Since the emergence of the COVID-19 pandemic, the Government of the Republic of Serbia has, on several occasions, introduced measures aimed helping businesses maintain liquidity and working capital. These measures have included, among other things, direct subsidies worth a total of EUR 200 million in the form of loans available to entrepreneurs, cooperatives, micro-, small-, and medium-size businesses, state guarantee schemes to encourage banks to extend loans to businesses, and a moratorium on the repayment of loans which lasted until September 30, 2020.
The Serbian Ministry for Mining and Energy started 2021 in a busy fashion, initiating simultaneous public debates on draft amendments to key legislation in the energy and mining sectors. In the mining sector, the Ministry has offered draft amendments to the Mining Act for public hearing. The official reasons given for the reform are said to be the need to create better conditions for the development of mines, simplify administrative procedures, ensure environmental protection, and increase fiscal revenues.
Ukraine’s transport and infrastructure system plays a key role in the country’s economy, particularly with its role in export and trade in the agricultural, industrial, and other sectors. Ukraine is conveniently located on different transport routes. However, it does not fully capitalize on its geographical benefits and does not fulfill its potential as a transit country, as it is not yet well-integrated in international transport networks, lacks modern infrastructure, and has limited market opportunities in certain segments (for example, railway services).
The Ministry of Agriculture, Forestry and Water Economy of North Macedonia (“Ministry”) recently pointed out that 577,662 ha are classified as arable land in North Macedonia, while 41% of this land is state-owned. It also noted that the current applicable Law on Sale of State – Owned Agricultural Land (“Law”) has many ambiguities and systemic weaknesses, which prevent its full implementation.
The global pandemic has impacted all markets, with subsequent ramifications for M&A. Investors are now seeking greater protection against general lock-downs and supply-chain disruptions, while governments aim to protect critical supplies and services by imposing new regulations on foreign investment in crucial or strategic industries.
In line with the Law No. 7262 on Preventing the Proliferation of Financing Weapons of Mass Destruction (“Law No. 7262”), some of the provisions stipulated under the Turkish Commercial Code No. 6102 (“TCC”) were amended. As per the amendments made by the Law No. 7262, new notification requirement was introduced. In line with the amendments, the holders of the bearer share certificates in a joint stock company and the information regarding the shares have to be notified the Central Registry Agency (“CRA”).
Shortly after the Hungarian Competition Authority’s (“HCA”) notice related to fines in antitrust cases came into force on January 1, 2021, the HCA issued an amendment, which came into force on April 22, 2021 (the amended notice being the “New Notice”). The New Notice seems to strengthen the wide derogated powers of the HCA in antitrust cases and may lead to higher fines. However, companies may be able to reduce fine amounts by offering compensating remedies.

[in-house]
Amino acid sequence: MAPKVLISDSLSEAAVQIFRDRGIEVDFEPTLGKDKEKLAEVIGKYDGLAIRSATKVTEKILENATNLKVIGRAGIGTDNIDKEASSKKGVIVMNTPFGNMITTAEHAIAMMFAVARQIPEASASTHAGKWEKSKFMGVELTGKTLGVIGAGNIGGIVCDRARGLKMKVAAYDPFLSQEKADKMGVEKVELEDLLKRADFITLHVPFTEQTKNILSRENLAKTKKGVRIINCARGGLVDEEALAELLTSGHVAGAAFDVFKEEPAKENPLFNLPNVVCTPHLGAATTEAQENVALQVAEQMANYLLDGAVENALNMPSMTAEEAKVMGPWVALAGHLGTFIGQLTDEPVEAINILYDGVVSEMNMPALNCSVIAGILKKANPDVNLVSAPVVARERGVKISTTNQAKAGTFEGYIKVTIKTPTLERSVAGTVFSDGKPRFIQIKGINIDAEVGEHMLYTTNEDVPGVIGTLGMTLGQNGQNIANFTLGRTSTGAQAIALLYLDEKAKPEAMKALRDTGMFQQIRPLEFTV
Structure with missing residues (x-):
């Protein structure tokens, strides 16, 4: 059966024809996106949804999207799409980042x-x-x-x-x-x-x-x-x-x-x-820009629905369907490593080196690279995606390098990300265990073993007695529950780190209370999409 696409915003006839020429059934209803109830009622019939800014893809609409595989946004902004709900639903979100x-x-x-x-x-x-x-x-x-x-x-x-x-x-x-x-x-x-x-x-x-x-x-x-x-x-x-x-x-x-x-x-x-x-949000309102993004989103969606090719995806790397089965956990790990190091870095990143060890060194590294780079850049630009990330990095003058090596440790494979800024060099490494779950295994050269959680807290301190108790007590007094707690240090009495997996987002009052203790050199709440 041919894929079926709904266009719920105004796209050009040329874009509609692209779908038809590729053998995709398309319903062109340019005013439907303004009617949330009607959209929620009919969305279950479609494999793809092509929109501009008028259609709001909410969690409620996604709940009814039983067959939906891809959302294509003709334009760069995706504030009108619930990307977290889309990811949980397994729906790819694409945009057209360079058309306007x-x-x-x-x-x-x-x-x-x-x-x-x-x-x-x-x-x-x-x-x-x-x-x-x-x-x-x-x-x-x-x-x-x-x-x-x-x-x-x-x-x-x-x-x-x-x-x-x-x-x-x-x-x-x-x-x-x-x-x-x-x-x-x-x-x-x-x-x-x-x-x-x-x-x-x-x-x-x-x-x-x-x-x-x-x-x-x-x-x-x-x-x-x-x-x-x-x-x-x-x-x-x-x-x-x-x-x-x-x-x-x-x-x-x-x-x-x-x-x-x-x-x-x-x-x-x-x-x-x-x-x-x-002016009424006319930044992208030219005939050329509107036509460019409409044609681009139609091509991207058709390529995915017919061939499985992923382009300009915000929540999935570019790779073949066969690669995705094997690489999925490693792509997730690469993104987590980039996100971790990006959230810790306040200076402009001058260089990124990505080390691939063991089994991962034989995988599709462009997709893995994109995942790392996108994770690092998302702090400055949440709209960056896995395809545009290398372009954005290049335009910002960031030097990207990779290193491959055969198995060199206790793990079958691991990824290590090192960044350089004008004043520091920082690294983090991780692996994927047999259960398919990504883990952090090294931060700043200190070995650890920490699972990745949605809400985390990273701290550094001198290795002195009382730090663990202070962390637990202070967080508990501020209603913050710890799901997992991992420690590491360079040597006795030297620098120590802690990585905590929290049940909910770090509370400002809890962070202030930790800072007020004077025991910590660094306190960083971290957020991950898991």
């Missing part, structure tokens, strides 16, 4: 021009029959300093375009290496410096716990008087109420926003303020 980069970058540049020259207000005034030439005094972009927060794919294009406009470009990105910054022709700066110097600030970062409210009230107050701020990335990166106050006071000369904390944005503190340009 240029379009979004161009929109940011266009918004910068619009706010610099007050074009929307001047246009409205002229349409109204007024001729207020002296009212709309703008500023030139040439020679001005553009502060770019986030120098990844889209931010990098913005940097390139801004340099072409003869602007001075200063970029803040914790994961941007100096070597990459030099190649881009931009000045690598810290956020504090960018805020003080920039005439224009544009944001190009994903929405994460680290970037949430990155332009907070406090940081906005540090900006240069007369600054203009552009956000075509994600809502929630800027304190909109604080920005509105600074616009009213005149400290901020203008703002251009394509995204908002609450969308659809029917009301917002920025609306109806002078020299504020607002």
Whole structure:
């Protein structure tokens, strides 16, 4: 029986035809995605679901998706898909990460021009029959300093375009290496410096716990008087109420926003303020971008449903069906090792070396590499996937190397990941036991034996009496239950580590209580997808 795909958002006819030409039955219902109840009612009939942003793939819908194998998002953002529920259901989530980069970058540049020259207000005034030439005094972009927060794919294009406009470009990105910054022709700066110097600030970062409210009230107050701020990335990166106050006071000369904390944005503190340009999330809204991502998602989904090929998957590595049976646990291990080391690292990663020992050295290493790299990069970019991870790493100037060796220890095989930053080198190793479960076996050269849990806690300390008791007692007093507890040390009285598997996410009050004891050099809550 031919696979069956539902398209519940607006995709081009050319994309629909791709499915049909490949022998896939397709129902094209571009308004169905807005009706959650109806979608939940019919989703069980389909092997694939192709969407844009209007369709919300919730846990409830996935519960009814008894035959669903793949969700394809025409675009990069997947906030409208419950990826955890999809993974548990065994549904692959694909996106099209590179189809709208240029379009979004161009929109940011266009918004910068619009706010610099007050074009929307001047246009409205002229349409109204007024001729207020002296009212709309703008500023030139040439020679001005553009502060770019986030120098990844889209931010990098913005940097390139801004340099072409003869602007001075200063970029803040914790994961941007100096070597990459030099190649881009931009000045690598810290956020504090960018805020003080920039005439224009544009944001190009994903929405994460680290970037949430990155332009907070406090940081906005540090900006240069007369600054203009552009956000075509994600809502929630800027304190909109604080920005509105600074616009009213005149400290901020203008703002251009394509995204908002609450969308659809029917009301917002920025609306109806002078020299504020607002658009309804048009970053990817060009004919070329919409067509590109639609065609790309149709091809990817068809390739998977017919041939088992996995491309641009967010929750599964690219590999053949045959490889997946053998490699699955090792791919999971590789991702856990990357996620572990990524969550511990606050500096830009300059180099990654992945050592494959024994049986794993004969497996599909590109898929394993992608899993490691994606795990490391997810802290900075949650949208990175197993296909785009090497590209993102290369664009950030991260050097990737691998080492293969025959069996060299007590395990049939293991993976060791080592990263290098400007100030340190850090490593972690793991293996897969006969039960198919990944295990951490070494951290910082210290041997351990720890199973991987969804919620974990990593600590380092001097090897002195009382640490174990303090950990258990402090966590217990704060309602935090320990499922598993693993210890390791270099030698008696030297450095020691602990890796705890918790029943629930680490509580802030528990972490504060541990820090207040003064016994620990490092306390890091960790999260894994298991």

A new competition act will come into force in Slovakia on 1 June 2021, replacing the former competition act applicable since 2001. The completely new act was adopted because the Slovak competition authority wanted a fresh start for the Slovak competition legislation and not just adopt its 11 amendments due to the need to implement the ECN+ directive.
The Regulation on Remote Identification Methods to be used by Banks and the Establishment of Contractual Relationships in Electronic Media (“Regulation”) was published in the Official Gazette dated April 1, 2021 and numbered 31441 and entered into force after one month as of its publication. The Regulation was prepared based on the Draft Communiqué on Remote Identification Methods to be used by Banks, which was published by the Banking Regulatory and Supervisory Authority ("BRSA") as presented to the public opinion.
The following Q&A is an extract of the May 2021 edition of the Private Equity Trends Monitor, which provides you with an up-to-date overview of the latest and anticipated trends across the European private equity sector. This extract covers private equity deal activity in Central and Eastern Europe.
On September 10, 2020, Advocate General Maciej Szpunar delivered his Opinion in Case C‑392/19 VG Bild-Kunst v Stiftung Preußischer Kulturbesitz, where a request for a preliminary ruling was lodged with the Court of Justice of the European Union (“CJEU” / “Court”) on May 21, 2019. In one of our previous articles, we have analysed the opinion of the Advocate General Maciej Szpunar, mentioning that it will be interesting to see whether the CJEU will follow the reasoning of the Advocate General or whether it will stay faithful to the principles already established in its previous jurisprudence.
On 27 April 2021 the Hungarian Parliament adopted a new legislation on the Supervisory Authority for Regulated Services, which will in the future supervise the judicial enforcement body, the liquidators and perform official tasks related to the retail sale of tobacco products and the organization of gambling. The new laws will enter into force on 1 October 2021. The purpose of the law is to strengthen the consumer protection, official control and supervision powers in relation to certain exclusive economic activities of the state.